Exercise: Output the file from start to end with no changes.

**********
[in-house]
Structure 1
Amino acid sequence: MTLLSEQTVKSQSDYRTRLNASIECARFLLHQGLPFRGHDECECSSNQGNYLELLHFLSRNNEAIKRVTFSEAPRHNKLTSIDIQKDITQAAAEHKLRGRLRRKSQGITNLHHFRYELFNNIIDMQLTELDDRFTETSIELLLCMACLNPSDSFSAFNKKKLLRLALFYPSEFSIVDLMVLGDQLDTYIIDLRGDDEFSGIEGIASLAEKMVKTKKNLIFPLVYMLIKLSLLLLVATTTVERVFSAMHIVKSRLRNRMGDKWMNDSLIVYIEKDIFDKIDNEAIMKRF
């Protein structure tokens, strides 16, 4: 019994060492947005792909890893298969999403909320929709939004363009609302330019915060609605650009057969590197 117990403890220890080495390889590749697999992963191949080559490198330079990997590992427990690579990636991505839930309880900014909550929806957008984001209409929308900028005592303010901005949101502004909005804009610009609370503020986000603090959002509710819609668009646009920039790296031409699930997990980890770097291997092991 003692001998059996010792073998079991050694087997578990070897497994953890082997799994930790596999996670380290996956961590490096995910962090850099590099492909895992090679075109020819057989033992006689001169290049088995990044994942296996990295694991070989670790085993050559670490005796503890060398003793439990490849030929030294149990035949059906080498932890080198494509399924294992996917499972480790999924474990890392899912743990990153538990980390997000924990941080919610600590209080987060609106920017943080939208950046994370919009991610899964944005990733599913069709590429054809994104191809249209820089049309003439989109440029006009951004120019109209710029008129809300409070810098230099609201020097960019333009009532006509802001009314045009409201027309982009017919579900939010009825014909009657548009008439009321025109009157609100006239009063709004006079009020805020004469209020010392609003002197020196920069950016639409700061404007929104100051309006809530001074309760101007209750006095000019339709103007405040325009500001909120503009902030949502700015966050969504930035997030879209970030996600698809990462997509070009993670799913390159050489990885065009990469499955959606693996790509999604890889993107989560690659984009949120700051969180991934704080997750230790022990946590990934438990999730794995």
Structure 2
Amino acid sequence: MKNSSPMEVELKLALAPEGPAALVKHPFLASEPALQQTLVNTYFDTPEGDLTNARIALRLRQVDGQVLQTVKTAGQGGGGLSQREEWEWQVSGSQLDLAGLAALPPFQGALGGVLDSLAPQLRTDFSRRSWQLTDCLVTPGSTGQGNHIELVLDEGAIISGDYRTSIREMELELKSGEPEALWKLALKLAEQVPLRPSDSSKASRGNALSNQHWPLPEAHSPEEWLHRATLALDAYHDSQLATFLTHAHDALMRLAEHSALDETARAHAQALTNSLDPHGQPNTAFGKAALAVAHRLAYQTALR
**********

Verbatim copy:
[in-house]
Structure 1
Amino acid sequence: MTLLSEQTVKSQSDYRTRLNASIECARFLLHQGLPFRGHDECECSSNQGNYLELLHFLSRNNEAIKRVTFSEAPRHNKLTSIDIQKDITQAAAEHKLRGRLRRKSQGITNLHHFRYELFNNIIDMQLTELDDRFTETSIELLLCMACLNPSDSFSAFNKKKLLRLALFYPSEFSIVDLMVLGDQLDTYIIDLRGDDEFSGIEGIASLAEKMVKTKKNLIFPLVYMLIKLSLLLLVATTTVERVFSAMHIVKSRLRNRMGDKWMNDSLIVYIEKDIFDKIDNEAIMKRF
């Protein structure tokens, strides 16, 4: 019994060492947005792909890893298969999403909320929709939004363009609302330019915060609605650009057969590197 117990403890220890080495390889590749697999992963191949080559490198330079990997590992427990690579990636991505839930309880900014909550929806957008984001209409929308900028005592303010901005949101502004909005804009610009609370503020986000603090959002509710819609668009646009920039790296031409699930997990980890770097291997092991 003692001998059996010792073998079991050694087997578990070897497994953890082997799994930790596999996670380290996956961590490096995910962090850099590099492909895992090679075109020819057989033992006689001169290049088995990044994942296996990295694991070989670790085993050559670490005796503890060398003793439990490849030929030294149990035949059906080498932890080198494509399924294992996917499972480790999924474990890392899912743990990153538990980390997000924990941080919610600590209080987060609106920017943080939208950046994370919009991610899964944005990733599913069709590429054809994104191809249209820089049309003439989109440029006009951004120019109209710029008129809300409070810098230099609201020097960019333009009532006509802001009314045009409201027309982009017919579900939010009825014909009657548009008439009321025109009157609100006239009063709004006079009020805020004469209020010392609003002197020196920069950016639409700061404007929104100051309006809530001074309760101007209750006095000019339709103007405040325009500001909120503009902030949502700015966050969504930035997030879209970030996600698809990462997509070009993670799913390159050489990885065009990469499955959606693996790509999604890889993107989560690659984009949120700051969180991934704080997750230790022990946590990934438990999730794995």
Structure 2
Amino acid sequence: MKNSSPMEVELKLALAPEGPAALVKHPFLASEPALQQTLVNTYFDTPEGDLTNARIALRLRQVDGQVLQTVKTAGQGGGGLSQREEWEWQVSGSQLDLAGLAALPPFQGALGGVLDSLAPQLRTDFSRRSWQLTDCLVTPGSTGQGNHIELVLDEGAIISGDYRTSIREMELELKSGEPEALWKLALKLAEQVPLRPSDSSKASRGNALSNQHWPLPEAHSPEEWLHRATLALDAYHDSQLATFLTHAHDALMRLAEHSALDETARAHAQALTNSLDPHGQPNTAFGKAALAVAHRLAYQTALR